TASTY: Tool for Automating Secure Two-partY computations. Secure two-party computation allows two untrusting parties to jointly compute an arbitrary function on their respective private inputs while revealing no information beyond the outcome. Existing cryptographic compilers can automatically generate secure computation protocols from high-level specifications, but are often limited in their use and efficiency of generated protocols as they are based on either garbled circuits or (additively) homomorphic encryption only. In this paper we present TASTY, a novel tool for automating, i.e., describing, generating, executing, benchmarking, and comparing, efficient secure two-party computation protocols. TASTY is a new compiler that can generate protocols based on homomorphic encryption and efficient garbled circuits as well as combinations of both, which often yields the most efficient protocols available today. The user provides a high-level description of the computations to be performed on encrypted data in a domain-specific language. This is automatically transformed into a protocol. TASTY provides most recent techniques and optimizations for practical secure two-party computation with low online latency. Moreover, it allows to efficiently evaluate circuits generated by the well-known Fairplay compiler. We use TASTY to compare protocols for secure multiplication based on homomorphic encryption with those based on garbled circuits and highly efficient Karatsuba multiplication. Further, we show how TASTY improves the online latency for securely evaluating the AES functionality by an order of magnitude compared to previous software implementations. TASTY allows to automatically generate efficient secure protocols for many privacy-preserving applications where we consider the use cases for private set intersection and face recognition protocols.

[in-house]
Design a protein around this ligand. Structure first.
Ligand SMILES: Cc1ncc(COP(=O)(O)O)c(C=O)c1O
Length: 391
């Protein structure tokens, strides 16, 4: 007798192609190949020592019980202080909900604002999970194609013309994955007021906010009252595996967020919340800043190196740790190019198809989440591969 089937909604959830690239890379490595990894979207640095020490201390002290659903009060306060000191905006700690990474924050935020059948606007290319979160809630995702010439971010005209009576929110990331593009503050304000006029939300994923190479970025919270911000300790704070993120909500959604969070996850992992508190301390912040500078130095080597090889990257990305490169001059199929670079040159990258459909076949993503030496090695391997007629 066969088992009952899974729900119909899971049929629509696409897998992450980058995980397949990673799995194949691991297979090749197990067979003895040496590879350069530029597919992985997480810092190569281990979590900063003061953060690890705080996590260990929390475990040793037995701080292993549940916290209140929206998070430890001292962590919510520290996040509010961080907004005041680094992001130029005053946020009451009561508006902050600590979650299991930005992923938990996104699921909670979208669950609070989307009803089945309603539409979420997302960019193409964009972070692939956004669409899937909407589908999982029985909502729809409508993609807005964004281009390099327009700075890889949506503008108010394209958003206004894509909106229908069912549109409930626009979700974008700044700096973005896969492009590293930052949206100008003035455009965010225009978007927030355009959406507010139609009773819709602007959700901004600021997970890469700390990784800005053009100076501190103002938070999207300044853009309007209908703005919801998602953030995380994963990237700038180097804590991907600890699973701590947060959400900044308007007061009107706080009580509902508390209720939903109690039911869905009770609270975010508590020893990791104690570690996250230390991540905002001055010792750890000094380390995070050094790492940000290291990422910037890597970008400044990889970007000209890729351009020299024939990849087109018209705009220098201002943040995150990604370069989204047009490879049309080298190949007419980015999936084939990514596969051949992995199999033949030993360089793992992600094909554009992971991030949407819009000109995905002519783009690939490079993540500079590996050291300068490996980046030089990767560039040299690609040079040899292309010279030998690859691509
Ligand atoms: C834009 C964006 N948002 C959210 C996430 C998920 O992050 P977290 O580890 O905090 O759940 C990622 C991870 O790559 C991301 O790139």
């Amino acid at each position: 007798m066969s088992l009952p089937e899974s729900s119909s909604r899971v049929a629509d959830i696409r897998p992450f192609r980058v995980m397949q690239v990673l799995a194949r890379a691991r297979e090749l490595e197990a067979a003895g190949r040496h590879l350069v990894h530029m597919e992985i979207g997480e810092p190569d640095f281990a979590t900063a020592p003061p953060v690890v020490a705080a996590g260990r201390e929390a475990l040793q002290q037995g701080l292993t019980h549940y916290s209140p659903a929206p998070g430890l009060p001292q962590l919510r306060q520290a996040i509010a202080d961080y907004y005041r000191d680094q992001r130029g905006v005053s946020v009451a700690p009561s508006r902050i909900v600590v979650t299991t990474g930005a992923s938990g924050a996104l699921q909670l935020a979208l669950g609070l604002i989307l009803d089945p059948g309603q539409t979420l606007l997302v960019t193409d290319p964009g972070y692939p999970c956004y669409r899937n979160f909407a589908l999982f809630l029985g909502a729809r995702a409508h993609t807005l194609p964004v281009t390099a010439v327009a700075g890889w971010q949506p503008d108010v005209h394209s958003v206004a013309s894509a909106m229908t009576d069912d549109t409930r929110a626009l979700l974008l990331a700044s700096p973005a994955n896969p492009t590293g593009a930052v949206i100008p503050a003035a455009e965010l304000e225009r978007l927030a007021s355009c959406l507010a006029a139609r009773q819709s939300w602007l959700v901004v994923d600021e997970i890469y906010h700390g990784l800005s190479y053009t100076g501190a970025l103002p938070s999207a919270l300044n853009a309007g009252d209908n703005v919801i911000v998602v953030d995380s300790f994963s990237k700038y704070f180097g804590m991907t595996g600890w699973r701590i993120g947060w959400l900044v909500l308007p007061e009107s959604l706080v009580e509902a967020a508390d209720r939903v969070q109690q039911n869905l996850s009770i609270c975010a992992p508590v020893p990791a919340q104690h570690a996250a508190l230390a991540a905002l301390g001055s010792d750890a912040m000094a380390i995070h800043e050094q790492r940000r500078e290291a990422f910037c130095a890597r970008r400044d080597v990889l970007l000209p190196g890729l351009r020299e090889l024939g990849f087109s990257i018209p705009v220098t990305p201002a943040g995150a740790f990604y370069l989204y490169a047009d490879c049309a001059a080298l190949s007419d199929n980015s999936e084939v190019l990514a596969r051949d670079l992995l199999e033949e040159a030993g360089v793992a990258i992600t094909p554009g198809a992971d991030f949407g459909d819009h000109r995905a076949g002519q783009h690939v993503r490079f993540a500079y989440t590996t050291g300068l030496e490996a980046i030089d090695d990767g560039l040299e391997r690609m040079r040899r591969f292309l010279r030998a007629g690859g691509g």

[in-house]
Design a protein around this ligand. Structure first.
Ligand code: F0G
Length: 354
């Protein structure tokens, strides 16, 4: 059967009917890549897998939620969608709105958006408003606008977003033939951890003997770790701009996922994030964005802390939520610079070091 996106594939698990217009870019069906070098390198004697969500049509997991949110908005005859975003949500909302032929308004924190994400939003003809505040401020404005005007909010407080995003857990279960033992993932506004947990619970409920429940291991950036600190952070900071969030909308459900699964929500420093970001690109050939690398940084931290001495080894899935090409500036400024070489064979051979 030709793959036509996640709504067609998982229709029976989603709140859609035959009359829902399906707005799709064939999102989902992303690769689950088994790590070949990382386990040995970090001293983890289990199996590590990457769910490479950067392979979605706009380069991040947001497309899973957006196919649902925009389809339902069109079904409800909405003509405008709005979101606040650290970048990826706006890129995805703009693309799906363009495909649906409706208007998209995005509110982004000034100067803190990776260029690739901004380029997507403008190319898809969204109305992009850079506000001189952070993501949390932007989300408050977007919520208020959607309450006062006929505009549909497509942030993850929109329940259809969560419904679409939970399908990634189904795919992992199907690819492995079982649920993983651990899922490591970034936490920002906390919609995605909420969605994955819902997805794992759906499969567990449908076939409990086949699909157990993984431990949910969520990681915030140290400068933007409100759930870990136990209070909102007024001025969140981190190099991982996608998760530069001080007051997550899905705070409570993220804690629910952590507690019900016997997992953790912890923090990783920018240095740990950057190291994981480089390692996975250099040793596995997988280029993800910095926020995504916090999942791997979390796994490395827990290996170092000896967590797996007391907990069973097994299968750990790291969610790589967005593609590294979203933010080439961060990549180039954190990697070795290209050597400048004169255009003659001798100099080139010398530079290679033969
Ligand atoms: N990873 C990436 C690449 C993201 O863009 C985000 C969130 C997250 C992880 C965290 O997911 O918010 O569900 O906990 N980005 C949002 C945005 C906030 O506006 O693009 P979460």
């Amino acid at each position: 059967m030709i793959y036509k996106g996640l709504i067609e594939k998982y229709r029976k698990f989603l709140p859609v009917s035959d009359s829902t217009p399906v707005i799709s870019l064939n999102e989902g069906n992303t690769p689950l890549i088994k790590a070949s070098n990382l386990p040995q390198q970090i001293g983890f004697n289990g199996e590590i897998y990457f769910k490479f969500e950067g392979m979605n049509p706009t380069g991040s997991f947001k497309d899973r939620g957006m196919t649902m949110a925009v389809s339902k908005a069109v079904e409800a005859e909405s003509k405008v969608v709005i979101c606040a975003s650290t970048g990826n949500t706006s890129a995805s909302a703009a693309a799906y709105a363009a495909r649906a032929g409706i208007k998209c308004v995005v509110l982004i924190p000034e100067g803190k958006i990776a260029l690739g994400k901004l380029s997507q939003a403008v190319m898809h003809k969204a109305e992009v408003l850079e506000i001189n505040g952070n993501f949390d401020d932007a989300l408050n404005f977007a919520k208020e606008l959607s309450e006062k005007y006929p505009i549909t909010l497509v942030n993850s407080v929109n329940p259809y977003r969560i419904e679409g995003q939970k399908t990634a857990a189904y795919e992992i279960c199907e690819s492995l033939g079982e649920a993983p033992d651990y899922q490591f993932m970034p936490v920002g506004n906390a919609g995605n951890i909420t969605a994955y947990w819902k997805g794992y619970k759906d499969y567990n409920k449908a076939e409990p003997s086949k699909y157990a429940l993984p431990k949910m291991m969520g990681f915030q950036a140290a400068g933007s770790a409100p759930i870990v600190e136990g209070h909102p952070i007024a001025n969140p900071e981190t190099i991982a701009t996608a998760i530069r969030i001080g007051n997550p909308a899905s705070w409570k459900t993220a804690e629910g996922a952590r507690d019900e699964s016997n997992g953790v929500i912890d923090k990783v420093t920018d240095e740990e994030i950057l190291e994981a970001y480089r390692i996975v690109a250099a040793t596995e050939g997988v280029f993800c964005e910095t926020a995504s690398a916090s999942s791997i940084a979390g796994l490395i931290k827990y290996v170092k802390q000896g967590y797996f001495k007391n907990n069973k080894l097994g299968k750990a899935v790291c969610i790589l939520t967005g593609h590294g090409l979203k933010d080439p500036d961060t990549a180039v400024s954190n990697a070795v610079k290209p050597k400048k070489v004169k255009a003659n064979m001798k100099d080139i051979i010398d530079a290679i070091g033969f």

This software is also peer reviewed by journal TOMS.

References in zbMATH (referenced in 11 articles )

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  1. Applebaum, Benny: Garbling XOR gates “for free” in the standard model (2016)
  2. Dagdelen, Özgür; Mohassel, Payman; Venturi, Daniele: Rate-limited secure function evaluation (2016)
  3. Frederiksen, Tore Kasper; Jakobsen, Thomas P.; Nielsen, Jesper Buus: Faster maliciously secure two-party computation using the GPU (2014)
  4. Kerschbaum, Florian; Schneider, Thomas; Schröpfer, Axel: Automatic protocol selection in secure two-party computations (2014)
  5. Frederiksen, Tore Kasper; Jakobsen, Thomas Pelle; Nielsen, Jesper Buus; Nordholt, Peter Sebastian; Orlandi, Claudio: MiniLEGO: efficient secure two-party computation from general assumptions (2013)
  6. Huang, Yan; Katz, Jonathan; Evans, David: Efficient secure two-party computation using symmetric cut-and-choose (2013)
  7. Damgård, Ivan; Keller, Marcel; Larraia, Enrique; Miles, Christian; Smart, Nigel P.: Implementing AES via an actively/covertly secure dishonest-majority MPC protocol (2012)
  8. Mohassel, Payman; Niksefat, Salman; Sadeghian, Saeed; Sadeghiyan, Babak: An efficient protocol for oblivious DFA evaluation and applications (2012)
  9. Nielsen, Jesper Buus; Nordholt, Peter Sebastian; Orlandi, Claudio; Burra, Sai Sheshank: A new approach to practical active-secure two-party computation (2012)
  10. Ateniese, Giuseppe; De Cristofaro, Emiliano; Tsudik, Gene: (If) size matters: size-hiding private set intersection (2011)
  11. Katz, Jonathan; Malka, Lior: Constant-round private function evaluation with linear complexity (2011)